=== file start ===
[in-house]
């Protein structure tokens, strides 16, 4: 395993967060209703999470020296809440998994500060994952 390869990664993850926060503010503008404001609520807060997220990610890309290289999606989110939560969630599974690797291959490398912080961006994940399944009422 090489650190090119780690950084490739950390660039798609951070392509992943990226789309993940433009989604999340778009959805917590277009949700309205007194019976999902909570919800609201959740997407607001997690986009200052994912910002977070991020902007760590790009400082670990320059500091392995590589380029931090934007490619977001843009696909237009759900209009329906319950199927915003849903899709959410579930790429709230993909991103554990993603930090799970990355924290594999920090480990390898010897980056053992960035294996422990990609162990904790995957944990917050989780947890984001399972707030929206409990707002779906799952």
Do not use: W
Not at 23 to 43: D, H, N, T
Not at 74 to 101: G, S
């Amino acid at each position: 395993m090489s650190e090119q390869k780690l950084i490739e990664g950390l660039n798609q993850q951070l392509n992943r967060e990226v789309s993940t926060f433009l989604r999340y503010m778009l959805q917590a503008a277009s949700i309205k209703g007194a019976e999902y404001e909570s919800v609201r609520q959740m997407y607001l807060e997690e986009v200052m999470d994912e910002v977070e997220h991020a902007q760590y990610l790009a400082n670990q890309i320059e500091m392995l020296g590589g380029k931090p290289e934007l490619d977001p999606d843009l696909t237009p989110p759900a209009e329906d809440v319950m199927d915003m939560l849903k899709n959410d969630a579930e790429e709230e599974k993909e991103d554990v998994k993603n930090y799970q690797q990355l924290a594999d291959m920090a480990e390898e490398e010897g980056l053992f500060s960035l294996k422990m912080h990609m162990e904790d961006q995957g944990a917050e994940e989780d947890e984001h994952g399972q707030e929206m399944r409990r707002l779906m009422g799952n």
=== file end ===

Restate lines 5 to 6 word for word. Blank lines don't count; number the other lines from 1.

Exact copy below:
Not at 74 to 101: G, S
């Amino acid at each position: 395993m090489s650190e090119q390869k780690l950084i490739e990664g950390l660039n798609q993850q951070l392509n992943r967060e990226v789309s993940t926060f433009l989604r999340y503010m778009l959805q917590a503008a277009s949700i309205k209703g007194a019976e999902y404001e909570s919800v609201r609520q959740m997407y607001l807060e997690e986009v200052m999470d994912e910002v977070e997220h991020a902007q760590y990610l790009a400082n670990q890309i320059e500091m392995l020296g590589g380029k931090p290289e934007l490619d977001p999606d843009l696909t237009p989110p759900a209009e329906d809440v319950m199927d915003m939560l849903k899709n959410d969630a579930e790429e709230e599974k993909e991103d554990v998994k993603n930090y799970q690797q990355l924290a594999d291959m920090a480990e390898e490398e010897g980056l053992f500060s960035l294996k422990m912080h990609m162990e904790d961006q995957g944990a917050e994940e989780d947890e984001h994952g399972q707030e929206m399944r409990r707002l779906m009422g799952n």